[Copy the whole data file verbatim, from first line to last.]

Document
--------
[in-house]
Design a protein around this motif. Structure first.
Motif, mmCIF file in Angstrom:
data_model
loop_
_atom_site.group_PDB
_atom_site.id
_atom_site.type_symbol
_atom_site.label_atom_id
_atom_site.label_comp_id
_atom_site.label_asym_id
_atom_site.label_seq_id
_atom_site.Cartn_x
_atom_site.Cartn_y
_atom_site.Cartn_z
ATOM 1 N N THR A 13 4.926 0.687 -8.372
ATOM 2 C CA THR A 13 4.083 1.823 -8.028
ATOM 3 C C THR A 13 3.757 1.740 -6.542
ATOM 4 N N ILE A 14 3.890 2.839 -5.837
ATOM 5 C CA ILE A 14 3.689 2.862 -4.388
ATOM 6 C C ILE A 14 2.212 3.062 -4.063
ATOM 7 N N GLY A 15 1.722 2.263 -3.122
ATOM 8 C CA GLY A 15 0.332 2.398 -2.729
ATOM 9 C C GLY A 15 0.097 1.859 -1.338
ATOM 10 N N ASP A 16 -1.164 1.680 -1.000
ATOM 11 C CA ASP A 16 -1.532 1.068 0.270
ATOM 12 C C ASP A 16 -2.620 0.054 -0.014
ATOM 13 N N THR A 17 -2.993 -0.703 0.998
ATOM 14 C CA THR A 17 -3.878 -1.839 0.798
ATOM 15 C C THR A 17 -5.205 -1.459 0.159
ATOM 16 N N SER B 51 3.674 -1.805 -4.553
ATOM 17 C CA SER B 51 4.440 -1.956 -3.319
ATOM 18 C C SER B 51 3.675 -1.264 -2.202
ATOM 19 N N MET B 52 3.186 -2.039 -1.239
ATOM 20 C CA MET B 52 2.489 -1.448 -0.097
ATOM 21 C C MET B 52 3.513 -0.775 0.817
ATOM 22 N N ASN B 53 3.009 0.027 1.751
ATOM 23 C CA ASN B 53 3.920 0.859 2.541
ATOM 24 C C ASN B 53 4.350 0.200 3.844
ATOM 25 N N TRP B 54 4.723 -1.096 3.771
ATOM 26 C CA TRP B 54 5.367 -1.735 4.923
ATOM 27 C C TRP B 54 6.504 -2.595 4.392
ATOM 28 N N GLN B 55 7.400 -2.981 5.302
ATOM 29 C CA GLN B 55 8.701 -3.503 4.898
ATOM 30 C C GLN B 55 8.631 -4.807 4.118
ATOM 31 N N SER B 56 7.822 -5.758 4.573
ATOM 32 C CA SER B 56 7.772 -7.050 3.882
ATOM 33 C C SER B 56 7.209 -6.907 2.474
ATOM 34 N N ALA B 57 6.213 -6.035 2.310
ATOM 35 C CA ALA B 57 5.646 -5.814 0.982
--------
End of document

[in-house]
Design a protein around this motif. Structure first.
Motif, mmCIF file in Angstrom:
data_model
loop_
_atom_site.group_PDB
_atom_site.id
_atom_site.type_symbol
_atom_site.label_atom_id
_atom_site.label_comp_id
_atom_site.label_asym_id
_atom_site.label_seq_id
_atom_site.Cartn_x
_atom_site.Cartn_y
_atom_site.Cartn_z
ATOM 1 N N THR A 13 4.926 0.687 -8.372
ATOM 2 C CA THR A 13 4.083 1.823 -8.028
ATOM 3 C C THR A 13 3.757 1.740 -6.542
ATOM 4 N N ILE A 14 3.890 2.839 -5.837
ATOM 5 C CA ILE A 14 3.689 2.862 -4.388
ATOM 6 C C ILE A 14 2.212 3.062 -4.063
ATOM 7 N N GLY A 15 1.722 2.263 -3.122
ATOM 8 C CA GLY A 15 0.332 2.398 -2.729
ATOM 9 C C GLY A 15 0.097 1.859 -1.338
ATOM 10 N N ASP A 16 -1.164 1.680 -1.000
ATOM 11 C CA ASP A 16 -1.532 1.068 0.270
ATOM 12 C C ASP A 16 -2.620 0.054 -0.014
ATOM 13 N N THR A 17 -2.993 -0.703 0.998
ATOM 14 C CA THR A 17 -3.878 -1.839 0.798
ATOM 15 C C THR A 17 -5.205 -1.459 0.159
ATOM 16 N N SER B 51 3.674 -1.805 -4.553
ATOM 17 C CA SER B 51 4.440 -1.956 -3.319
ATOM 18 C C SER B 51 3.675 -1.264 -2.202
ATOM 19 N N MET B 52 3.186 -2.039 -1.239
ATOM 20 C CA MET B 52 2.489 -1.448 -0.097
ATOM 21 C C MET B 52 3.513 -0.775 0.817
ATOM 22 N N ASN B 53 3.009 0.027 1.751
ATOM 23 C CA ASN B 53 3.920 0.859 2.541
ATOM 24 C C ASN B 53 4.350 0.200 3.844
ATOM 25 N N TRP B 54 4.723 -1.096 3.771
ATOM 26 C CA TRP B 54 5.367 -1.735 4.923
ATOM 27 C C TRP B 54 6.504 -2.595 4.392
ATOM 28 N N GLN B 55 7.400 -2.981 5.302
ATOM 29 C CA GLN B 55 8.701 -3.503 4.898
ATOM 30 C C GLN B 55 8.631 -4.807 4.118
ATOM 31 N N SER B 56 7.822 -5.758 4.573
ATOM 32 C CA SER B 56 7.772 -7.050 3.882
ATOM 33 C C SER B 56 7.209 -6.907 2.474
ATOM 34 N N ALA B 57 6.213 -6.035 2.310
ATOM 35 C CA ALA B 57 5.646 -5.814 0.982